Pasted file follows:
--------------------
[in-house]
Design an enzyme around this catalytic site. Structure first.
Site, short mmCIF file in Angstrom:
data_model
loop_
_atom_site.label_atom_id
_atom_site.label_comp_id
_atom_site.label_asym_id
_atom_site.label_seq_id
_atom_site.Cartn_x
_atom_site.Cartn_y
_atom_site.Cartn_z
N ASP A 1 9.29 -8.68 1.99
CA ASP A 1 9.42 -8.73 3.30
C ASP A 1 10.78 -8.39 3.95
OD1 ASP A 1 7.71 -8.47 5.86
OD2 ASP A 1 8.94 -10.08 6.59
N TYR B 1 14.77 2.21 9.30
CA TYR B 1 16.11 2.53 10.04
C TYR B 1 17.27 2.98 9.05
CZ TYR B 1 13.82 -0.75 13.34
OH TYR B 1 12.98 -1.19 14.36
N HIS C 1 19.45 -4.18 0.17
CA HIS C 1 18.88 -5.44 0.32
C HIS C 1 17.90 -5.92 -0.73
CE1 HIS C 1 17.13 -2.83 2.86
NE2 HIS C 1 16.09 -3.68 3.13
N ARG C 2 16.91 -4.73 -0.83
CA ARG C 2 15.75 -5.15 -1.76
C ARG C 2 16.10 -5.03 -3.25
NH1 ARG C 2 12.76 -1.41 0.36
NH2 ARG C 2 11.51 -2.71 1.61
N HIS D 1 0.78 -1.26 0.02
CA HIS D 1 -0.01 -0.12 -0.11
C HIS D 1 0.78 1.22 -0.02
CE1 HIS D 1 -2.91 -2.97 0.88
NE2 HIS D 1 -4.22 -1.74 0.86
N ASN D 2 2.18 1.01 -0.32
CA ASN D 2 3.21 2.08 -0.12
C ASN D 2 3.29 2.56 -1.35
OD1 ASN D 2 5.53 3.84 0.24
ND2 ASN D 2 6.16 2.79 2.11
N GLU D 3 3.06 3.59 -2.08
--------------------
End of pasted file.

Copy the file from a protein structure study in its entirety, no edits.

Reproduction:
[in-house]
Design an enzyme around this catalytic site. Structure first.
Site, short mmCIF file in Angstrom:
data_model
loop_
_atom_site.label_atom_id
_atom_site.label_comp_id
_atom_site.label_asym_id
_atom_site.label_seq_id
_atom_site.Cartn_x
_atom_site.Cartn_y
_atom_site.Cartn_z
N ASP A 1 9.29 -8.68 1.99
CA ASP A 1 9.42 -8.73 3.30
C ASP A 1 10.78 -8.39 3.95
OD1 ASP A 1 7.71 -8.47 5.86
OD2 ASP A 1 8.94 -10.08 6.59
N TYR B 1 14.77 2.21 9.30
CA TYR B 1 16.11 2.53 10.04
C TYR B 1 17.27 2.98 9.05
CZ TYR B 1 13.82 -0.75 13.34
OH TYR B 1 12.98 -1.19 14.36
N HIS C 1 19.45 -4.18 0.17
CA HIS C 1 18.88 -5.44 0.32
C HIS C 1 17.90 -5.92 -0.73
CE1 HIS C 1 17.13 -2.83 2.86
NE2 HIS C 1 16.09 -3.68 3.13
N ARG C 2 16.91 -4.73 -0.83
CA ARG C 2 15.75 -5.15 -1.76
C ARG C 2 16.10 -5.03 -3.25
NH1 ARG C 2 12.76 -1.41 0.36
NH2 ARG C 2 11.51 -2.71 1.61
N HIS D 1 0.78 -1.26 0.02
CA HIS D 1 -0.01 -0.12 -0.11
C HIS D 1 0.78 1.22 -0.02
CE1 HIS D 1 -2.91 -2.97 0.88
NE2 HIS D 1 -4.22 -1.74 0.86
N ASN D 2 2.18 1.01 -0.32
CA ASN D 2 3.21 2.08 -0.12
C ASN D 2 3.29 2.56 -1.35
OD1 ASN D 2 5.53 3.84 0.24
ND2 ASN D 2 6.16 2.79 2.11
N GLU D 3 3.06 3.59 -2.08